Carib Customs

"Chatoyer, the Chief of the Black Charaibes in St. Vincent with his Wives." Oil painting held in the National Library of Jamaica. Image sourced from, compiled by Jerome Handler and Michael Tuite and sponsored by the Virginia Foundation for the Humanities.


Carib Customs

The Case of the Caribs in St. Vincent is Reverend Dr. Thomas Coke’s plea to assist the Caribs of St. Vincent, articulated through a letter written by George Davidson. Davidson recounts his understanding of the black Caribs and describes their customs, habits, and the effects of having been under French servitude for a number of years. Davidson’s letter also describes the polygamous marriage practices, religious observations, cassava cultivation methods and other Carib customs.

A Peaceful Sunday at Home

This Carib family is depicted in their own settlement, gathered in front of the homes they have constructed from branches of the rich foliage that surround them. In one dwelling, we can see a hammock suspended between the walls. All eight people wear loincloths; one toddler who drinks milk freely from one woman’s breast; while another toddler eats from a bowl. At the far left, a woman carries a heavy basket while a male observes, his back facing the viewer. Despite the obvious artistic richness of the Carib culture, portrayed through the jewelry and textile decorations worn by both men and women, this image likely functioned to promote the necessity of the colonial endeavor to bring Christianity and culture to the Carib “heathens.”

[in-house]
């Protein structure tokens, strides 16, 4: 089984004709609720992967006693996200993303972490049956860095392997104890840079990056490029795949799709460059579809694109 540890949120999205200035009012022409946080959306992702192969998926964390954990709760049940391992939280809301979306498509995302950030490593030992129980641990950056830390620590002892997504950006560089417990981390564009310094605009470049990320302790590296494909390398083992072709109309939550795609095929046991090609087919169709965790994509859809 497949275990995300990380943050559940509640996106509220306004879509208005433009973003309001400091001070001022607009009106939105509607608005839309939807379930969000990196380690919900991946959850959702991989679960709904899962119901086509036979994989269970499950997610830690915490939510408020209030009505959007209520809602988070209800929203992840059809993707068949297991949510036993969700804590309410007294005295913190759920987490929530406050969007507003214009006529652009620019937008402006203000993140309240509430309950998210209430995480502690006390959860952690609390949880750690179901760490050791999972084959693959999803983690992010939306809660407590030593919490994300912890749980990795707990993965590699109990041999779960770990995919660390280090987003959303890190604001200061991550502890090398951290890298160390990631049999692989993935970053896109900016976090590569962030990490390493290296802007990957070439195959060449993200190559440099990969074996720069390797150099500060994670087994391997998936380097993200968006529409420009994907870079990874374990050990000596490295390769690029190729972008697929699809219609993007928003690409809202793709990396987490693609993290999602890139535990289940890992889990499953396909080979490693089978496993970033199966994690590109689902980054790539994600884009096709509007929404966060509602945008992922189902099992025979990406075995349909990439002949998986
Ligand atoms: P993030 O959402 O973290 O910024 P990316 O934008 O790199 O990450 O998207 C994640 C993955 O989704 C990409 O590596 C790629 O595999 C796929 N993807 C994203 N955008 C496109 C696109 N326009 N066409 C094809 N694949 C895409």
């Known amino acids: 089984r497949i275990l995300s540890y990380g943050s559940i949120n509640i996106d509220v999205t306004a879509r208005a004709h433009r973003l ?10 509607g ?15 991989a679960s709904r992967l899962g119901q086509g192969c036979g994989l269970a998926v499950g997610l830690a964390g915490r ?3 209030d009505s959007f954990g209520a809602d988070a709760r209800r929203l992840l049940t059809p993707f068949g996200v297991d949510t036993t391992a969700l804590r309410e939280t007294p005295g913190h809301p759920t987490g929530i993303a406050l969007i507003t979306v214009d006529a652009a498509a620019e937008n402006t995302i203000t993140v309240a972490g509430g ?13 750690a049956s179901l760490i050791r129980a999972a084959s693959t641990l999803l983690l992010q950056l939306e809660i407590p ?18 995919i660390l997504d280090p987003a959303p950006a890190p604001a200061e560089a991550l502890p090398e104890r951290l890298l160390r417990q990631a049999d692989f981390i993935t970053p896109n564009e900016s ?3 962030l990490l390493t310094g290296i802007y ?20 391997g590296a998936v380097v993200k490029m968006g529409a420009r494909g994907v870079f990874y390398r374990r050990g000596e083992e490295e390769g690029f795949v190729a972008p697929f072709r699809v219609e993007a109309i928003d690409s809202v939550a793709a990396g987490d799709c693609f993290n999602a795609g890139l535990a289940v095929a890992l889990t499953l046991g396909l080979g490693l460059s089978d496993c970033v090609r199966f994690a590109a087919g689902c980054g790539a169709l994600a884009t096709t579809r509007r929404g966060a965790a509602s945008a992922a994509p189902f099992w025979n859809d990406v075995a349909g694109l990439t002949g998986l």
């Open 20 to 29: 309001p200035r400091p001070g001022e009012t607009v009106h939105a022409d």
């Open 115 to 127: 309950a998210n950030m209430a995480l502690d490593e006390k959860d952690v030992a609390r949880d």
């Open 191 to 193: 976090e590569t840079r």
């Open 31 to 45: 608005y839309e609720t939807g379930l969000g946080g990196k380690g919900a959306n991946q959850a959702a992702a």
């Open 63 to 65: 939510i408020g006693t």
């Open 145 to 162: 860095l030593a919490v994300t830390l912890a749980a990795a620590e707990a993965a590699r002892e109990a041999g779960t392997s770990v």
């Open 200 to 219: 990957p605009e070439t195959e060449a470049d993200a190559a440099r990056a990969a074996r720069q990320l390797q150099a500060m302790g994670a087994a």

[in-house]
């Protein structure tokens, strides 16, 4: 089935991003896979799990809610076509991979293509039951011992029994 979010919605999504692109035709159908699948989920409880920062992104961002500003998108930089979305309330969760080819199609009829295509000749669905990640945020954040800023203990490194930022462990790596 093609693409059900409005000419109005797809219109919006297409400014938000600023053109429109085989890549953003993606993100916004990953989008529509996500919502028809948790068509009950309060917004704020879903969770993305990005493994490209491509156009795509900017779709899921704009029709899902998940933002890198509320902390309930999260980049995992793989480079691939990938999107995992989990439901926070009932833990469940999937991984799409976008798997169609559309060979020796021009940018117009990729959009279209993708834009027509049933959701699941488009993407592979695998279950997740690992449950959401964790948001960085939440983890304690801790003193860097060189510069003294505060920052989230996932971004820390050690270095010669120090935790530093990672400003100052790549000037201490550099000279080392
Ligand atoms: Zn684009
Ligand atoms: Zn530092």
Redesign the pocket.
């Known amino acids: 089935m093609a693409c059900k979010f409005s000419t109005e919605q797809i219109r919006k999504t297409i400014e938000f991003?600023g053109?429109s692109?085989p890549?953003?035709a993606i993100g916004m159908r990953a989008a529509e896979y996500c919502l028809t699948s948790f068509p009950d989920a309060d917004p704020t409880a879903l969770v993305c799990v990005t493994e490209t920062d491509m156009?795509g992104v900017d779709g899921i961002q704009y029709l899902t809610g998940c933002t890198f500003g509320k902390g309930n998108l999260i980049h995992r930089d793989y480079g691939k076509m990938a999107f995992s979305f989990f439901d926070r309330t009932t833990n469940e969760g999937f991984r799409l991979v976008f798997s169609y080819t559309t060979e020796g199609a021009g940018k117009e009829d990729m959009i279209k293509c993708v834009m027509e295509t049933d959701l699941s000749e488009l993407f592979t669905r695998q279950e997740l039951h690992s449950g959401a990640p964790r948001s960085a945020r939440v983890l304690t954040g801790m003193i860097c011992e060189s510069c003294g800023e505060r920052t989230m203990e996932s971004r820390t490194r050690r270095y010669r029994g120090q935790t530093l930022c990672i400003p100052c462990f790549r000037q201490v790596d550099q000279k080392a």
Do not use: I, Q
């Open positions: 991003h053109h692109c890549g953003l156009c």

Agostino Brunias' engraving "A Family of Charaibes, drawn from the Life, in the Island of St. Vincent," published in Bryan Edwards' The history, civil and commercial, of the British colonies in the West Indies in 1794. Image courtesy of the John Carter Brown library.